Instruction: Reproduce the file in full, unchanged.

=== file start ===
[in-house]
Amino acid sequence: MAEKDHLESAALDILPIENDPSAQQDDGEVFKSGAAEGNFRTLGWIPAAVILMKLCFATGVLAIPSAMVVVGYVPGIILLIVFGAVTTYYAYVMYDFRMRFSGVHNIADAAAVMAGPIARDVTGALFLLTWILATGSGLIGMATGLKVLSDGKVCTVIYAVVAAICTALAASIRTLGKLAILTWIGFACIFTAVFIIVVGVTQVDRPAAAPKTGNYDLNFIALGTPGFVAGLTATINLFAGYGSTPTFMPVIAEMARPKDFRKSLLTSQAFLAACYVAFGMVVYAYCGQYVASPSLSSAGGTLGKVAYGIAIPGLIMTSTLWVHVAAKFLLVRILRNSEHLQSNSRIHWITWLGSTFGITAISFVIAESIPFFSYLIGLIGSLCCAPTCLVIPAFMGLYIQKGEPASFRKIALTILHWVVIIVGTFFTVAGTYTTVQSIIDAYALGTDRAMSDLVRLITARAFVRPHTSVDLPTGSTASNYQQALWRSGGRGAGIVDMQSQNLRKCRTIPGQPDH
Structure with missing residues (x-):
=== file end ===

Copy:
[in-house]
Amino acid sequence: MAEKDHLESAALDILPIENDPSAQQDDGEVFKSGAAEGNFRTLGWIPAAVILMKLCFATGVLAIPSAMVVVGYVPGIILLIVFGAVTTYYAYVMYDFRMRFSGVHNIADAAAVMAGPIARDVTGALFLLTWILATGSGLIGMATGLKVLSDGKVCTVIYAVVAAICTALAASIRTLGKLAILTWIGFACIFTAVFIIVVGVTQVDRPAAAPKTGNYDLNFIALGTPGFVAGLTATINLFAGYGSTPTFMPVIAEMARPKDFRKSLLTSQAFLAACYVAFGMVVYAYCGQYVASPSLSSAGGTLGKVAYGIAIPGLIMTSTLWVHVAAKFLLVRILRNSEHLQSNSRIHWITWLGSTFGITAISFVIAESIPFFSYLIGLIGSLCCAPTCLVIPAFMGLYIQKGEPASFRKIALTILHWVVIIVGTFFTVAGTYTTVQSIIDAYALGTDRAMSDLVRLITARAFVRPHTSVDLPTGSTASNYQQALWRSGGRGAGIVDMQSQNLRKCRTIPGQPDH
Structure with missing residues (x-):